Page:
7. A top loading weigh balance, comprising:
a. a platform,
b. a plurality of resilient suspension devices supporting the platform, each suspension device comprising a double leaf spring whose leaves are clamped at one end to a common fixed support and at the other end to a respective movable support, each movable support comprising an upstanding member having a cupped upper end receiving a ball on which the platform is supported,
c. a plurality of transducers individually associated with the suspension devices,
d. an oscillator having a resonant circuit associated therewith, and
e. means connecting the transducers in the resonant circuit,
f. the transducers being arranged to vary the output frequency of the oscillator in accordance with the overall change in displacement of the suspension devices, and hence the load.
Description

This invention relates to the weighing of infants, for example the weighing of new born babies in incubators.

Hitherto, it has been necessary either to remove temporarily a baby from an incubator in order to weight it, which temporary removal may represent a danger to the baby, or alternatively to weigh an entire incubator plus the baby. Inevitably, the latter weighing arrangement is insensitive because any small change in the weight of the baby may be of the same order as the dead zone error in weighing the incubator.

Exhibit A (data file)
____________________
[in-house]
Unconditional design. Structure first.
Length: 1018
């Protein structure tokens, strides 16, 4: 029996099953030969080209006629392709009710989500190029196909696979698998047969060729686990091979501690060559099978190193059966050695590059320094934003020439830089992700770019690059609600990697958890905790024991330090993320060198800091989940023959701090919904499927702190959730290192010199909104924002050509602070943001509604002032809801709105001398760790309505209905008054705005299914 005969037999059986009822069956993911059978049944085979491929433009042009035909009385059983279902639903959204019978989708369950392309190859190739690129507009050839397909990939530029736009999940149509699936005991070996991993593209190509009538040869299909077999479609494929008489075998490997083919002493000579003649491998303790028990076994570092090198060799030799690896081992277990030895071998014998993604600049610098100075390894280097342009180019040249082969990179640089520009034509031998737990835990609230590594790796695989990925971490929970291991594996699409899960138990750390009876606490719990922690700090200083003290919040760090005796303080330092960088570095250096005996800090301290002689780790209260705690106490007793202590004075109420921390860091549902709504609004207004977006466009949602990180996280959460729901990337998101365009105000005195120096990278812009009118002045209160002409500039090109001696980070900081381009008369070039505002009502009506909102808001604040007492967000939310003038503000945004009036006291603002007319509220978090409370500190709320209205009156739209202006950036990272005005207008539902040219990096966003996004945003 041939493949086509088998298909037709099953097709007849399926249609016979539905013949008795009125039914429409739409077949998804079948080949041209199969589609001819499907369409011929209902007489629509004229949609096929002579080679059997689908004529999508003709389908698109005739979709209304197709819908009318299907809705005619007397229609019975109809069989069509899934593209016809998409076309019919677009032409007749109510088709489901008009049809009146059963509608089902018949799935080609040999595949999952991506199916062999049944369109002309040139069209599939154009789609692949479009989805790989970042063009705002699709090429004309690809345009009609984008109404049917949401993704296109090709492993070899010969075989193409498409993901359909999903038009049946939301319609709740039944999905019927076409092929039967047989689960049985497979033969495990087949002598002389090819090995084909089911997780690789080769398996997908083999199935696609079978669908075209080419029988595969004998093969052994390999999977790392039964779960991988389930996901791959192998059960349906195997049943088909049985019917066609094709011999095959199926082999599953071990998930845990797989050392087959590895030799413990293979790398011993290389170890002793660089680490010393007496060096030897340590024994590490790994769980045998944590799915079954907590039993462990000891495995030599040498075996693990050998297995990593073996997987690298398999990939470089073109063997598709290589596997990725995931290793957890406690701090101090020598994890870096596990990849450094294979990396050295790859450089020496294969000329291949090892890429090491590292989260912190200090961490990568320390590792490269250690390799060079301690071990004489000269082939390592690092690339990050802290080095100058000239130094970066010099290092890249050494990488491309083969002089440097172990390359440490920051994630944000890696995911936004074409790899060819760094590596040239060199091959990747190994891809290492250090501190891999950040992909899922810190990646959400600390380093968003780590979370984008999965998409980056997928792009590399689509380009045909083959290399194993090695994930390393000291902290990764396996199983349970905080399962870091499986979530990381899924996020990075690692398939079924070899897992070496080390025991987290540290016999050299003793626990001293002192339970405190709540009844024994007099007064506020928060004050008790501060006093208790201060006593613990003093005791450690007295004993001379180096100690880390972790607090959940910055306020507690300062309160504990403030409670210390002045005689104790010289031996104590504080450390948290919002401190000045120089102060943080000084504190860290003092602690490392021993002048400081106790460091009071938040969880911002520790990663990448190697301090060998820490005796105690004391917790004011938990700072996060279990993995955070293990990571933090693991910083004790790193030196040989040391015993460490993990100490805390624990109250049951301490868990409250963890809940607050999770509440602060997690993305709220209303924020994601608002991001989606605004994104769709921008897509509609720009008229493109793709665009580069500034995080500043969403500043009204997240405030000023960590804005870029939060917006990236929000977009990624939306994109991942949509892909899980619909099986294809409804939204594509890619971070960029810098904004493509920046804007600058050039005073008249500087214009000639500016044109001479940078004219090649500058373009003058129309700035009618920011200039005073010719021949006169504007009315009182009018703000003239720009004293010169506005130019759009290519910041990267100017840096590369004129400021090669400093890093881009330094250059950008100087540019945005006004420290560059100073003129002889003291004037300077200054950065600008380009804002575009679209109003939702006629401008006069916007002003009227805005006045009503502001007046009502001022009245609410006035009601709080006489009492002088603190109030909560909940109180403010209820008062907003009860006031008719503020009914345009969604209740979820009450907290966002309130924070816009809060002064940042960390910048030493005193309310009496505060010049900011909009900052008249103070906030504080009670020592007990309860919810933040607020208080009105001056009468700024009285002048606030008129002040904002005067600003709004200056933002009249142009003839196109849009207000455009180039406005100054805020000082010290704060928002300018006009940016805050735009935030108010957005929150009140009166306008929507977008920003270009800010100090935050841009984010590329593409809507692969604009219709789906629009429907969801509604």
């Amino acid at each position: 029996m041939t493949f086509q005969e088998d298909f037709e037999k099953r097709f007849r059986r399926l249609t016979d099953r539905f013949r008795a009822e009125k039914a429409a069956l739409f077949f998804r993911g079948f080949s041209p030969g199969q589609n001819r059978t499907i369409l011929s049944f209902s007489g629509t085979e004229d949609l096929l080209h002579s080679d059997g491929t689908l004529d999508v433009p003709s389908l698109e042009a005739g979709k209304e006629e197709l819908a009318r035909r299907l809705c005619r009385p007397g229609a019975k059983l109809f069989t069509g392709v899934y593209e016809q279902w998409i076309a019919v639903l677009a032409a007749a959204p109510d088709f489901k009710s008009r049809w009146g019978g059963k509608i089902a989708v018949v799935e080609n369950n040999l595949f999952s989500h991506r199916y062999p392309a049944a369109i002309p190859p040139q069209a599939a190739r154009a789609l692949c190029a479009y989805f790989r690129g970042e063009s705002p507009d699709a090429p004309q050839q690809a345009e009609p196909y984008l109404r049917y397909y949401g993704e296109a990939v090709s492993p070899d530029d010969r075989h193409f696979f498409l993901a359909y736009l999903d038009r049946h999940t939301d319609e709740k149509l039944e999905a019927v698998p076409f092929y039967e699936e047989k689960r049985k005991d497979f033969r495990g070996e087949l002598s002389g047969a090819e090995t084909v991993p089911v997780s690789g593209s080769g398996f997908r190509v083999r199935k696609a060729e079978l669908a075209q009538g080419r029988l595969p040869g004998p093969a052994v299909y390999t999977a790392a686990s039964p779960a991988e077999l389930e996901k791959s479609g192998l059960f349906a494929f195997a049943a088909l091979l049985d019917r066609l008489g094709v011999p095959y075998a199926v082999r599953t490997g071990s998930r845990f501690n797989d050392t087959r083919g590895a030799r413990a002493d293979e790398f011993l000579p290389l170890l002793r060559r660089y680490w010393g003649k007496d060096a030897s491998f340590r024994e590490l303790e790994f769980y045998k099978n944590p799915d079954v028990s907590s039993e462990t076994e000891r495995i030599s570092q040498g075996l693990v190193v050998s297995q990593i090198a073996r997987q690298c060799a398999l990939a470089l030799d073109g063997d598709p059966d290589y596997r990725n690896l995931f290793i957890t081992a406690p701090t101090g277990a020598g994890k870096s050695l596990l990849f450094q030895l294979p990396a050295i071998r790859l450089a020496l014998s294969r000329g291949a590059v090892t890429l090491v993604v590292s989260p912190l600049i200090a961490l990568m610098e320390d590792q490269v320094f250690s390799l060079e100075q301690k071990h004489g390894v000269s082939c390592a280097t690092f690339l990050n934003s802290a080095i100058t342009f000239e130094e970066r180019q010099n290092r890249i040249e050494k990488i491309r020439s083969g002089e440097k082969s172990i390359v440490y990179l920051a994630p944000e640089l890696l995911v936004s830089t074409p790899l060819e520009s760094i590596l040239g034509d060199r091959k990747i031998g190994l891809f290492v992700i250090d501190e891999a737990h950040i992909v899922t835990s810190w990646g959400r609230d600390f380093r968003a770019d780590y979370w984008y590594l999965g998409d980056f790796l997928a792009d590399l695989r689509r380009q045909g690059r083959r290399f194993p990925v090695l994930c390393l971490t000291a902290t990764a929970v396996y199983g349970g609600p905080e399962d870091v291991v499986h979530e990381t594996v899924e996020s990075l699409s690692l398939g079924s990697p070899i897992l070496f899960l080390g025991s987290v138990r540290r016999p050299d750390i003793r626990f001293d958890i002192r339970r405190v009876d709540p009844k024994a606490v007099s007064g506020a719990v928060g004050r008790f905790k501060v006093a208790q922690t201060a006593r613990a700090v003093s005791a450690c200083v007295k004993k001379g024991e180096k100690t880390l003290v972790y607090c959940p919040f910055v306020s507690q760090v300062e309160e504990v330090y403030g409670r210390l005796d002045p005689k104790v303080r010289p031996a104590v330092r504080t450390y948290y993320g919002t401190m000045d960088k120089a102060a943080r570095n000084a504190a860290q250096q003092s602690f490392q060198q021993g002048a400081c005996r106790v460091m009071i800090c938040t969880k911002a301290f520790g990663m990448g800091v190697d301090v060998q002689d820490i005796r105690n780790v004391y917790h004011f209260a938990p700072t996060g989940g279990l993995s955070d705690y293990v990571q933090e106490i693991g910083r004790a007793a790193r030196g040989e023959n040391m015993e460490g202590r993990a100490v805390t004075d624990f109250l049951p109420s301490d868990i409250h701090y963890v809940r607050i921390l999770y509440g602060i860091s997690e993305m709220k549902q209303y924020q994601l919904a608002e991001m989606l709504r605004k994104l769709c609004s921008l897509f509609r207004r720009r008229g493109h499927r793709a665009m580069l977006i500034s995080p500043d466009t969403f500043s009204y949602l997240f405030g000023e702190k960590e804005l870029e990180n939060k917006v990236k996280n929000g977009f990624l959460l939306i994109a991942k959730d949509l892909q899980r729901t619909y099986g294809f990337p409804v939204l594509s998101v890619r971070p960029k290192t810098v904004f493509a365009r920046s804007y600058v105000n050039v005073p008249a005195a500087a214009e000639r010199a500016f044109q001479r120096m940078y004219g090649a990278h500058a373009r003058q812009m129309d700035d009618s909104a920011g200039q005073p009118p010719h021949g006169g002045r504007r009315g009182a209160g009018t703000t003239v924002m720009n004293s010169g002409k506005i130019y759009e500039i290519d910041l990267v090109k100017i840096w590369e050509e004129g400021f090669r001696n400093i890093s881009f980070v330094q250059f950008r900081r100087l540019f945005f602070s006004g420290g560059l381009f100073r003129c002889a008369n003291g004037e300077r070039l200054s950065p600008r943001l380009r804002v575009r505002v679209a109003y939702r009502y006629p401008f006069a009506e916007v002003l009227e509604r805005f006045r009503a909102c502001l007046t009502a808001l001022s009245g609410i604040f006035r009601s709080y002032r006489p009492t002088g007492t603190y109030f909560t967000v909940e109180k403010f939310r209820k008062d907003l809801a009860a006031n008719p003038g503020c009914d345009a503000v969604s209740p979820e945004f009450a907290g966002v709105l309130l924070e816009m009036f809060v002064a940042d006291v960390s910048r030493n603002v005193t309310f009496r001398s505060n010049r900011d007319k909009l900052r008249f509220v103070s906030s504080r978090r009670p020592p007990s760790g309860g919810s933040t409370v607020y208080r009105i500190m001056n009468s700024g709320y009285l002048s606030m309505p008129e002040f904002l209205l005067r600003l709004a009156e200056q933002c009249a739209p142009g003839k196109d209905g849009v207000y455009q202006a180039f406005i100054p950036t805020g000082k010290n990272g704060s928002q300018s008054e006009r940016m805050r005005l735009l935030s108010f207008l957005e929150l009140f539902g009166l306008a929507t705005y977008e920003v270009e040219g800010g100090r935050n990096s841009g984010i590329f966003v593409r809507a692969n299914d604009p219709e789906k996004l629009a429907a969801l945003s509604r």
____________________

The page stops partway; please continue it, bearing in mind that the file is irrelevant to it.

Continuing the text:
Such weighing systems also tend to be inaccurate because they do not take into account and allow for impulsive movement of the limbs of the baby.

An object of the present invention is to provide an improved weigh balance suitable for weighing babies.

According to the invention, a top loading weigh balance comprises a platform supported by a plurality of resilient suspension devices, each of which is associated with a transducer connected in a resonant circuit of an oscillator, the transducers being arranged to vary the output frequency of the oscillator in accordance with the overall change in displacement of the suspension devices, and hence the load.

Preferably, each transducer comprises a movable and a fixed inductance coil so arranged that movement of the platform and the suspension device varies the material inductance of the coils.

Preferably the platform is supported by four suspension devices, each of which comprises a double leaf spring which permits vertical displacement without rotation.

The output frequency of the oscillator is conveniently determined by counting the output oscillations over a period of time, for example 1 second, 10 seconds or longer and the count after conversion being displayed digitally as the weight. By this means an average weight is taken over a short period which is sufficient to accommodate oscillatory movement of the weighing platform due to, for example, the impulsive movement of a baby's limbs, without affecting the weighing accuracy.

Advantageously, a further reference oscillator is provided which has a normally non-variable resonant circuit. The outputs of the two oscillators are combined to provide a beat or difference frequency which is representative of the load. This arrangement removes errors which could otherwise arise for example from using the apparatus before the circuitry is warmed up.